Ukrainian language

East Slavic language

The Ukrainian language (Ukrainian: українська (мова), transliteration: ukrajins'ka mova) is an Eastern Slavic language. This language is a part of the Indo-European language family.

  • українська мова
  • ukrajinśka mova
Pronunciation[ukrɑˈjinʲsʲkɑ ˈmɔwɑ]
Native toUkraine
Native speakers
45 million (2007)[1]
Early form
Official status
Official language in
Recognised minority
language in
Regulated byNational Academy of Sciences of Ukraine: Institute for the Ukrainian Language, Ukrainian language-information fund, Potebnya Institute of Language Studies
Language codes
ISO 639-1uk
ISO 639-2ukr
ISO 639-3ukr
Glottologukra1253  Ukrainian
  • 53-AAA-ed < 53-AAA-e
  • (varieties: 53-AAA-eda to 53-AAA-edq)
Ukrainian-speaking world
Ukrainian language and Ukrainians with their neighbors in the early 20th century.
This article contains IPA phonetic symbols. Without proper rendering support, you may see question marks, boxes, or other symbols instead of Unicode characters. For an introductory guide on IPA symbols, see Help:IPA.
Percentage of people in Ukrainian regions who speak Ukrainian as their native language (for 2001)
Percentage of people in Ukrainian regions who speak Ukrainian as their native language (for 2001)
A poem being read in Ukrainian
Ukrainian language

Ukrainian is the second most spoken Slavic language. It is the official language of Ukraine. There are 37 million speakers in Ukraine. Most of them are native speakers. All over the world there are more than 50 million speakers.

The Ukrainian language is written with Cyrillic letters.

Some words are similar to the Polish language.

Alphabet change

The Ukrainian alphabet with transliteration and German transcription:

Capital letter
Small letter
А (&#1040;) а (&#1072;) A a A a A a
Б (&#1041;) б (&#1073;) B b B b B b
В (&#1042;) в (&#1074;) V v V v W w
Г (&#1043;) г (&#1075;) H h H h H h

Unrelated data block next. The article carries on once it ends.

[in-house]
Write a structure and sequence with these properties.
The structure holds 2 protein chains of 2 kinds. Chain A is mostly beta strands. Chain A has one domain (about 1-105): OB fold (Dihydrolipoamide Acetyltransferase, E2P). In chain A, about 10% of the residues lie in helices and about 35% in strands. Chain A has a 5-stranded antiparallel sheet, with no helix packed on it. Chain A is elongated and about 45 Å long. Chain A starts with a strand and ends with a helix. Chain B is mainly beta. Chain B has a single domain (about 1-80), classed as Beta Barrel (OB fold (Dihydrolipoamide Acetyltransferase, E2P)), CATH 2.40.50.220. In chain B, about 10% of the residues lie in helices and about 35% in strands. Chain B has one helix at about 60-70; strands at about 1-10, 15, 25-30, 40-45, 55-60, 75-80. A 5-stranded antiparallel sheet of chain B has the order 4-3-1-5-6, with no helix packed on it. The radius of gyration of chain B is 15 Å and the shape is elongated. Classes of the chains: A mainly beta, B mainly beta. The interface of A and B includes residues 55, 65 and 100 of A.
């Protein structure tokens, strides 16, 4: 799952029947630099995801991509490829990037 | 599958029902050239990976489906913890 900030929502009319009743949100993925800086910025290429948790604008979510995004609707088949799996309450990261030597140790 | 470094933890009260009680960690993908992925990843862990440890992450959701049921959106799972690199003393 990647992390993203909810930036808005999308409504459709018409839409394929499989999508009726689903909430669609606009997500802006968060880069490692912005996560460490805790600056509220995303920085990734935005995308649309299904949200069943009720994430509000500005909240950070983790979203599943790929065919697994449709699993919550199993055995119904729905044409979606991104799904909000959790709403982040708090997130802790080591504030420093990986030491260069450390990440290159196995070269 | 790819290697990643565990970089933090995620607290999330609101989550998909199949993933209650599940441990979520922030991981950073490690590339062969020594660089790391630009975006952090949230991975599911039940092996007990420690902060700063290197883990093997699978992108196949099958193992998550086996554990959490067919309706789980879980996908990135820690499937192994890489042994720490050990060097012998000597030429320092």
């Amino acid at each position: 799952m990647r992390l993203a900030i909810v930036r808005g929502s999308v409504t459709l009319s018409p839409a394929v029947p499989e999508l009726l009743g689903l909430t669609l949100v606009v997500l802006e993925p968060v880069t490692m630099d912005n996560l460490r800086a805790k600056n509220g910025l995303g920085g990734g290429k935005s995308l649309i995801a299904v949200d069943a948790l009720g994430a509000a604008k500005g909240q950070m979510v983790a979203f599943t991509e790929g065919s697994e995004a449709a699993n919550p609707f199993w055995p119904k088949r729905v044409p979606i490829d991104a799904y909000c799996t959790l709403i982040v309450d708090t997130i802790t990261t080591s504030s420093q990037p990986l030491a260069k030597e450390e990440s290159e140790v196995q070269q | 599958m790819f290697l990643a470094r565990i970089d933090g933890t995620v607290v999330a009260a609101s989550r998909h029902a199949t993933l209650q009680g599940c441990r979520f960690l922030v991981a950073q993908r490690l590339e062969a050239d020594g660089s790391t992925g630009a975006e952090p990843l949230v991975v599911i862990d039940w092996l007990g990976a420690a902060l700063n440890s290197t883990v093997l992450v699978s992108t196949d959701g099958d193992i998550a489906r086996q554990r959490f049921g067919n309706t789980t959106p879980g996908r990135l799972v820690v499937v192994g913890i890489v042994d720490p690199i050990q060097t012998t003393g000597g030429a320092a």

Ґ (&#1168;) ґ (&#1169;) G g G g G g
Д (&#1044;) д (&#1076;) D d D d D d
Е (&#1045;) е (&#1077;) E e E e E e
Є (&#1028;) є (&#1108;) Je je Ye ye Je je
Ж (&#1046;) ж (&#1078;) Ž ž Zh zh Sch (Sh) sch (sh)
З (&#1047;) з (&#1079;) Z z Z z S s
И (&#1048;) и (&#1080;) Y y Y y Y y
І (&#1030;) і (&#1110;) I i I i I i
Ї (&#1031;) ї (&#1111;) Ji ji Yi yi Ji ji
Й (&#1049;) й (&#1081;) J j 1 Y y J j
К (&#1050;) к (&#1082;) K k K k (instead ks x) K k (instead ks x)
Л (&#1051;) л (&#1083;) L l L l L l
М (&#1052;) м (&#1084;) M m M m M m
Н (&#1053;) н (&#1085;) N n N n N n
О (&#1054;) о (&#1086;) O o O o O o
П (&#1055;) п (&#1087;) P p P p P p
Р (&#1056;) р (&#1088;) R r R r R r
С (&#1057;) с (&#1089;) S s S s S s (between vowels ss)
Т (&#1058;) т (&#1090;) T t T t T t
У (&#1059;) у (&#1091;) U u U u U u
Ф (&#1060;) ф (&#1092;) F f F f F f
Х (&#1061;) х (&#1093;) Ch ch Kh, kh Ch ch
Ц (&#1062;) ц (&#1094;) C c Ts ts Z z
Ч (&#1063;) ч (&#1095;) Č č Ch ch Tsch tsch
Ш (&#1064;) ш (&#1096;) Š š Sh sh Sch sch
Щ (&#1065;) щ (&#1097;) Šč šč Shch shch Schtsch schtsch (Stsch stsch)
Ь (&#1068;) ь (&#1100;) ’ (apostrophe) before vowel j 2 ’ (apostrophe) before vowel y (Soft sign) (–) bzw. j
Ю (&#1070;) ю (&#1102;) Ju Ju Yu yu Ju ju
Я (&#1071;) я (&#1103;) Ja ja Ya ya Ja ja
’ (apostrophe)3 (–) (–)

Notes change

1only before o
2only after consonants; a capital letter does not exist; the soft sign ь is not a letter representing a sound, but modifies the sound of the preceding letter, indicating palatalisation ('softening').
3an apostrophe (’) is used to mark de-palatalization of the preceding consonant.

References change

  1. Mikael Parkvall, "Världens 100 största språk 2007" (The World's 100 Largest Languages in 2007), in Nationalencyklopedin
  2. The status of Crimea and of the city of Sevastopol is since March 2014 under dispute between Russia and Ukraine; Ukraine and the majority of the international community consider Crimea to be an autonomous region of Ukraine and Sevastopol to be one of Ukraine's cities with special status, whereas Russia considers Crimea to be a federal subject of Russia and Sevastopol to be one of Russia's three federal cities.
  3. 3.0 3.1 3.2 3.3 3.4 3.5 "List of declarations made with respect to treaty No. 148 (Status as of: 21/9/2011)". Council of Europe. Archived from the original on 2012-05-22. Retrieved 2012-05-22.
  4. "National Minorities Policy of the Government of the Czech Republic". Retrieved 2012-05-22.
  5. "Implementation of the Charter in Hungary". Database for the European Charter for Regional or Minority Languages. Public Foundation for European Comparative Minority Research. Archived from the original on 27 February 2014. Retrieved 16 June 2014.
  6. Matthew H. Ciscel (December 19, 2008). "Uneasy Compromise: Language and Education in Moldova". International Journal of Bilingual Education and Bilingualism. 11 (3–4): 373. doi:10.1080/13670050802148756. S2CID 143698116. Retrieved July 21, 2020.